The varying positions of the new body as observed on successive nights were determined by comparisons with a group of six small stars, termed by Herschel [Greek: alpha, beta, gamma, delta, epsilon] and afterwards formed into a constellation under the designation of "Britannia," though it does not appear that this little asterism is acknowledged as one of our constellations. Its position is about midway between Taurus and Gemini, and the following are the principal stars computed for 1881.0, as given by Mr. Marth:

 Star. Magnitude. Right Ascension. Declination.

h. m. s.

alpha 9.0 5 42 6.06 23° 35' 6.7" N.

eta 8.7 5 43 17.82 23 26' 7.2 N.

theta 8.8 5 44 0.99 23 53' 30.8 N.

epsilon 8.8 5 45 40.68 23 34' 46.8 N. 

The stars are therefore merely telescopic, and are confined to a small area of space, so that the propriety of adopting the group as a distinct constellation is very questionable. Their positions close to Uranus at the time of its discovery, and the fact that the planet's motion was detected by means of comparisons with them, has given to these stars an historical interest which in future years must often attract the student to their reobservation. But it would be unwise, as forming a bad precedent, to accept a group of stars of this inferior type as meriting to rank among the old constellations, when we have numbers of richer groups, situated on their confines, which first deserve such a distinction. However special or unique the circumstances connected with certain telescopic stars may be, and however necessary it may appear to signalize them by a specific title, we are inclined to question the adoption of such means as likely to exercise a wrong influence, inasmuch as it may hereafter originate further innovations of a similar character, and ultimate complications will be certain to arise.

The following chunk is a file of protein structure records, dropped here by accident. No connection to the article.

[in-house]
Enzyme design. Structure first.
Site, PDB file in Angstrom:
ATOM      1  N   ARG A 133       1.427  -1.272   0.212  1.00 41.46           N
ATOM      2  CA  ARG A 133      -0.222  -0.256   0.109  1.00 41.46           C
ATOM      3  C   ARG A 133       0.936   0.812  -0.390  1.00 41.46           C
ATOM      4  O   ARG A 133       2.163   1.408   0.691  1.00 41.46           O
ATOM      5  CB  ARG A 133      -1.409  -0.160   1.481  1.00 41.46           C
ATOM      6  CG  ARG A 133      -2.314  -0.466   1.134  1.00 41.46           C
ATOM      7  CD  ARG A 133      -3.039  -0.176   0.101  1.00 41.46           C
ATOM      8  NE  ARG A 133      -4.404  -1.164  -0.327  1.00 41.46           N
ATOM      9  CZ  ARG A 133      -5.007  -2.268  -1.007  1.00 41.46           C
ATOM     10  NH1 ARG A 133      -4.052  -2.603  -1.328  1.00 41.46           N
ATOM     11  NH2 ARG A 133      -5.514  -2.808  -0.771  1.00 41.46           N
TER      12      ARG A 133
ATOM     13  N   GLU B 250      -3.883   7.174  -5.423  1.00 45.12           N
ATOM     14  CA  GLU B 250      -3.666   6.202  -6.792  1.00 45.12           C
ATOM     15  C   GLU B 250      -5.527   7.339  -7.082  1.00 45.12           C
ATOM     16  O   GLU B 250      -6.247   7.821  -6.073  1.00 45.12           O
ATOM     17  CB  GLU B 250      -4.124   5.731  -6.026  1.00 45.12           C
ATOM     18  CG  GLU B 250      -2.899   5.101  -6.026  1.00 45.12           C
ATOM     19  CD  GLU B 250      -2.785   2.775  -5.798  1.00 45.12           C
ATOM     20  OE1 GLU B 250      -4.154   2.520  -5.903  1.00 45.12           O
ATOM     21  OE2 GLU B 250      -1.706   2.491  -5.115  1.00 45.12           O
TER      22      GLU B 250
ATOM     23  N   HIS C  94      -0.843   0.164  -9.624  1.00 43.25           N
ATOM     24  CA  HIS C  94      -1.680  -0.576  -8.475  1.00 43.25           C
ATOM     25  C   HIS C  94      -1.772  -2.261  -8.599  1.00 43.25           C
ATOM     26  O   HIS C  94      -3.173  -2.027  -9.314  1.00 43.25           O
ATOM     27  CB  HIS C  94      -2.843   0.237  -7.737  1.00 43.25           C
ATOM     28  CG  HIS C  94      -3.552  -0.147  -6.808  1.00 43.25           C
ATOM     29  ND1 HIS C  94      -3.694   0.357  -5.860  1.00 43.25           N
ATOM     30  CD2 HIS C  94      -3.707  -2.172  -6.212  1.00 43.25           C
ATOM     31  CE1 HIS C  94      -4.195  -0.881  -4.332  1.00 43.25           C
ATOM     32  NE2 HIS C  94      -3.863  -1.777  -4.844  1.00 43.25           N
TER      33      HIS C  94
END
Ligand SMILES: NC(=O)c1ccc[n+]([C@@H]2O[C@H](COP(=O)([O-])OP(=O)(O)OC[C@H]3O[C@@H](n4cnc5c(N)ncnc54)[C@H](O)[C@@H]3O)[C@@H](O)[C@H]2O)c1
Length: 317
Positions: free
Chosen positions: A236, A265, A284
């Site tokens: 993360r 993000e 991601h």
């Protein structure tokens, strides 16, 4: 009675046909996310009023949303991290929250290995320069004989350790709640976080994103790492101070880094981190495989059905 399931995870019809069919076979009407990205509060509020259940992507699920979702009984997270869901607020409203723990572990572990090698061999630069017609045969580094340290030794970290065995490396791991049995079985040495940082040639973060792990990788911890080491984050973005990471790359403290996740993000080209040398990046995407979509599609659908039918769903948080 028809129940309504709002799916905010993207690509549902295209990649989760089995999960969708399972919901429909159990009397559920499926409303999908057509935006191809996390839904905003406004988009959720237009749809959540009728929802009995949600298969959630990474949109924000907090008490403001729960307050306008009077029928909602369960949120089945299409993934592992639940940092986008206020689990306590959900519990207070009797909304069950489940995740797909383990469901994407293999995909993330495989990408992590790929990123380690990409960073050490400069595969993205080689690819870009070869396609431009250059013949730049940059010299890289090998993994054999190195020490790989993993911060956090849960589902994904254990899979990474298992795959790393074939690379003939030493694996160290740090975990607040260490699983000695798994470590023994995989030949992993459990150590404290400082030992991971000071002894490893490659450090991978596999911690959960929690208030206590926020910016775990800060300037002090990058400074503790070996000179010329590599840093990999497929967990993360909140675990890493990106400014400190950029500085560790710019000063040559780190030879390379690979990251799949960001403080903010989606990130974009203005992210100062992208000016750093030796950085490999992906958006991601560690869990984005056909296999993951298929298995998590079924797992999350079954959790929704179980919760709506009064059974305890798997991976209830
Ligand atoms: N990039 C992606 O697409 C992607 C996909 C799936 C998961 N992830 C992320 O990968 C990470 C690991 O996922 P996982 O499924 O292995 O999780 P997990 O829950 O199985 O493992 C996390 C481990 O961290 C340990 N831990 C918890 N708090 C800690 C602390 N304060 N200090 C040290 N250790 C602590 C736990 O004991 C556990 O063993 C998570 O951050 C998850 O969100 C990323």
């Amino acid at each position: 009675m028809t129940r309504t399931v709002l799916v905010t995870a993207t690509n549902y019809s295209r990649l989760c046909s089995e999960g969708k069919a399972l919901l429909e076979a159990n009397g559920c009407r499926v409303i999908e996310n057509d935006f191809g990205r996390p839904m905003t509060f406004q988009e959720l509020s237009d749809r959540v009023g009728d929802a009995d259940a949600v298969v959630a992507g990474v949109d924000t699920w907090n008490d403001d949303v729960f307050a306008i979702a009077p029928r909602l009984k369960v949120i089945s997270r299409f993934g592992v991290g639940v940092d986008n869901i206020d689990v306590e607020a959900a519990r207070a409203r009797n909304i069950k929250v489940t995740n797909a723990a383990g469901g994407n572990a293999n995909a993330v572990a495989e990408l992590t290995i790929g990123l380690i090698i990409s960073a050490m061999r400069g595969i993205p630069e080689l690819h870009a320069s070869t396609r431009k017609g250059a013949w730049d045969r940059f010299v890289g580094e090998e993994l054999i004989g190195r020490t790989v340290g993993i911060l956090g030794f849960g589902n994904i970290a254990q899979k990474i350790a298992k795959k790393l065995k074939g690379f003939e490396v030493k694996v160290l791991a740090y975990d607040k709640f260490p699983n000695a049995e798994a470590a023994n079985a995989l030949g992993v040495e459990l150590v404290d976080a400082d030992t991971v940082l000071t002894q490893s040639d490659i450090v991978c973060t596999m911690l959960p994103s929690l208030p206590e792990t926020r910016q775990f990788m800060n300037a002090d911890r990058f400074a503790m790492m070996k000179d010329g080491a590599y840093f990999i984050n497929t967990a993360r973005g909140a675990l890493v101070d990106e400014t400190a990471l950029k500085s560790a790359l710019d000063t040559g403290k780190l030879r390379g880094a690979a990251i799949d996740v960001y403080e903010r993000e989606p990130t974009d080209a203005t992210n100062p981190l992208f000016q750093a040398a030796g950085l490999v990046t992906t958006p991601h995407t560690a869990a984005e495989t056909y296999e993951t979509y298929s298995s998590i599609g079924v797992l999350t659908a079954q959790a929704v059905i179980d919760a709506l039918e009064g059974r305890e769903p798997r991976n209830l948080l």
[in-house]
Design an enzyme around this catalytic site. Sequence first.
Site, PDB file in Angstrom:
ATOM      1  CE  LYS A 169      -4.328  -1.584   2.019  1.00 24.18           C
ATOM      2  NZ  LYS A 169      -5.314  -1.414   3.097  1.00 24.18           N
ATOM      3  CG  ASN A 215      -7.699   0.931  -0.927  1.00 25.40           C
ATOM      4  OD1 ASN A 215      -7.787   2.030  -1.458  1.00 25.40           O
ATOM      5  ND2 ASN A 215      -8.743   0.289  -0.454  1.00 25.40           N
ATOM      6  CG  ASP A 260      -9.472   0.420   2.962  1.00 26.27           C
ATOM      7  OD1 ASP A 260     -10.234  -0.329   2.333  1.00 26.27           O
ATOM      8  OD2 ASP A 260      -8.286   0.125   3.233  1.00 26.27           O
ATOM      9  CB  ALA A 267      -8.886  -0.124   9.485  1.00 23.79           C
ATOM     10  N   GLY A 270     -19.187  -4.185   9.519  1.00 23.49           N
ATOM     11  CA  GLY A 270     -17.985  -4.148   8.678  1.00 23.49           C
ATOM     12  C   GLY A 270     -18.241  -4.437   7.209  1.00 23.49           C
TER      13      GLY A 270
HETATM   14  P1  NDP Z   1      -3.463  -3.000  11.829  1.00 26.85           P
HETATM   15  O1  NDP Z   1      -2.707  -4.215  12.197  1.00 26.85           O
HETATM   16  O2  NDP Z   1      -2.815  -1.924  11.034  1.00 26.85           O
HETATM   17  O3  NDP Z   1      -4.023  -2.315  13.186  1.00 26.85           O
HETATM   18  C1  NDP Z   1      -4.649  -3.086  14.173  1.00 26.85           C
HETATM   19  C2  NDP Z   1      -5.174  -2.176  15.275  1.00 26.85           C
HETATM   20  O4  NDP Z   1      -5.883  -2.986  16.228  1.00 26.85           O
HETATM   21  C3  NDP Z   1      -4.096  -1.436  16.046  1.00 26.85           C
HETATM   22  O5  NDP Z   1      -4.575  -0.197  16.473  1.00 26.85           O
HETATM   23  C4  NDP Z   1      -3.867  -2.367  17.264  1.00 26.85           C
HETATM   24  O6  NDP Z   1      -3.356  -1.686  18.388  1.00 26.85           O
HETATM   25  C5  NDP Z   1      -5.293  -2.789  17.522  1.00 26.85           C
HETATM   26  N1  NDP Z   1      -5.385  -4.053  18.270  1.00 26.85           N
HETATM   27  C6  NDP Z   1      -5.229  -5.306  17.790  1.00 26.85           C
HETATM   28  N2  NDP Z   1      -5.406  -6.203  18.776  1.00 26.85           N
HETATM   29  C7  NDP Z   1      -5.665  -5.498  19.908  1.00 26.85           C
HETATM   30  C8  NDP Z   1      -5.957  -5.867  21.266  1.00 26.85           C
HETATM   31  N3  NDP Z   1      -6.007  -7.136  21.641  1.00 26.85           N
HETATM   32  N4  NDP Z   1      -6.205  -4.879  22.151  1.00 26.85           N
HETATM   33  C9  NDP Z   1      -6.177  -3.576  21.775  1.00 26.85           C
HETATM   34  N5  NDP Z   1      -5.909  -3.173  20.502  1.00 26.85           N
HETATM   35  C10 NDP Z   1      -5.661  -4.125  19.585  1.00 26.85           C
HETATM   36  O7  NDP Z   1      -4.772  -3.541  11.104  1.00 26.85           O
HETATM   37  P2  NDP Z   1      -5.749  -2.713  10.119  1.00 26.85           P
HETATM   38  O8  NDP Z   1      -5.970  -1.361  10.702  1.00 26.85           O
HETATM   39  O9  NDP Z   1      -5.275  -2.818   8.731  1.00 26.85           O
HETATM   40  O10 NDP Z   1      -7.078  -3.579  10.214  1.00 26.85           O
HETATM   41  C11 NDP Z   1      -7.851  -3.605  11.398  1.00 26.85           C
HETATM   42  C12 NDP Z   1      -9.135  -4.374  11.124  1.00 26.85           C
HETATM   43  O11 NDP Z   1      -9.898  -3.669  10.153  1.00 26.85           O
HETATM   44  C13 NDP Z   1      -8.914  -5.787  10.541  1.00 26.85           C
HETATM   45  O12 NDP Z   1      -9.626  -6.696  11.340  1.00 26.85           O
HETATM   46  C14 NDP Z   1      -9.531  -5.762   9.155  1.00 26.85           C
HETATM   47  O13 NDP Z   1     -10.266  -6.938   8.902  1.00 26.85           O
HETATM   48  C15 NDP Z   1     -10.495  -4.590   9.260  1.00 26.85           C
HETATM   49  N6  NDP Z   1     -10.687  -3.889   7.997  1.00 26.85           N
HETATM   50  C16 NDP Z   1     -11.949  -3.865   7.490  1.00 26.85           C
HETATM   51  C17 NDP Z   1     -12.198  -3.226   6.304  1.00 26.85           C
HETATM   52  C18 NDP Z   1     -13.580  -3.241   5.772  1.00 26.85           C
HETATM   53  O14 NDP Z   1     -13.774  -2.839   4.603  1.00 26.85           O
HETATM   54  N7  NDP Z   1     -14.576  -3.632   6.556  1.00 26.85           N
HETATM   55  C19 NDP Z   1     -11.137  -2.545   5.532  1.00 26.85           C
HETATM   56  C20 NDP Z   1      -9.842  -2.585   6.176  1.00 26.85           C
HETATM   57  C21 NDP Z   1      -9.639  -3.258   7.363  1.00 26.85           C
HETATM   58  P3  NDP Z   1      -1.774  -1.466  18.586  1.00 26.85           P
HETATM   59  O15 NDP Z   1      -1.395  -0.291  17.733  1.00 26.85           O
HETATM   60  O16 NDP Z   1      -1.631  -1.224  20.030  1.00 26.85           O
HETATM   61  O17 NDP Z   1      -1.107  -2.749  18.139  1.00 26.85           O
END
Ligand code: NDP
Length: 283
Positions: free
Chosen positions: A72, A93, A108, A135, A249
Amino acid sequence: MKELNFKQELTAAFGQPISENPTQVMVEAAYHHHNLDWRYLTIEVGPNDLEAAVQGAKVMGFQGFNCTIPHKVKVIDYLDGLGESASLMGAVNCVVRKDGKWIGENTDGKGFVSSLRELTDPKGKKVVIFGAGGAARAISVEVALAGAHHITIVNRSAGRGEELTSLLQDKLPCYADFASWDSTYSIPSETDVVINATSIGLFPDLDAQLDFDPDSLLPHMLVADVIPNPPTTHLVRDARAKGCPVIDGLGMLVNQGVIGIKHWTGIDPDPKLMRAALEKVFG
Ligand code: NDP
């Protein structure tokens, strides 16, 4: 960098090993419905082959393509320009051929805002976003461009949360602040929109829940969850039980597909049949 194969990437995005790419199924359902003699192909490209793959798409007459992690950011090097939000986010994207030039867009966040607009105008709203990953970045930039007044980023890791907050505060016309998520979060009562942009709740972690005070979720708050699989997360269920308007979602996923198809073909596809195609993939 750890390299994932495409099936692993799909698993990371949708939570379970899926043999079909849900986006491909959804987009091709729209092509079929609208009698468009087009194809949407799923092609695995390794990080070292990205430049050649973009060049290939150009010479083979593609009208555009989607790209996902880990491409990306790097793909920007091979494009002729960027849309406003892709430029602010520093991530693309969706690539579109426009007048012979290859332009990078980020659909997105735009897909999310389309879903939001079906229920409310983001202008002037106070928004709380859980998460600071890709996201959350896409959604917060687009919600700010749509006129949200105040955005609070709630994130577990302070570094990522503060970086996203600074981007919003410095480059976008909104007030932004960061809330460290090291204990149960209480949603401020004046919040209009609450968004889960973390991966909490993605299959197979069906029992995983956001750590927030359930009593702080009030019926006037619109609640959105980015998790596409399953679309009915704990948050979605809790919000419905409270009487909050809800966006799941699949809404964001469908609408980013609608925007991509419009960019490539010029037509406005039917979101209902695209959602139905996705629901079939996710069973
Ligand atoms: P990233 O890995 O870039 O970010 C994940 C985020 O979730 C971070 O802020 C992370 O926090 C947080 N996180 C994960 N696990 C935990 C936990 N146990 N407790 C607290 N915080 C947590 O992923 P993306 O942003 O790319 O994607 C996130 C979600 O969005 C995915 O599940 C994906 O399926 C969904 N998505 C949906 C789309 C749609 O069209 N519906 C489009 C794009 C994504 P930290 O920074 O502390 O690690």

Soon after the discovery of Uranus it was suspected that the planet was encircled, like Saturn, by a luminous ring, but on subsequent observation this was not confirmed, and no such appendage has ever been revealed in the more perfected instruments of our own times. Indeed, if Uranus displays a peculiarity of constitution in any way analogous to the ring system of Saturn, it must be of the most minute character so as to have thus evaded telescopic scrutiny during a hundred years.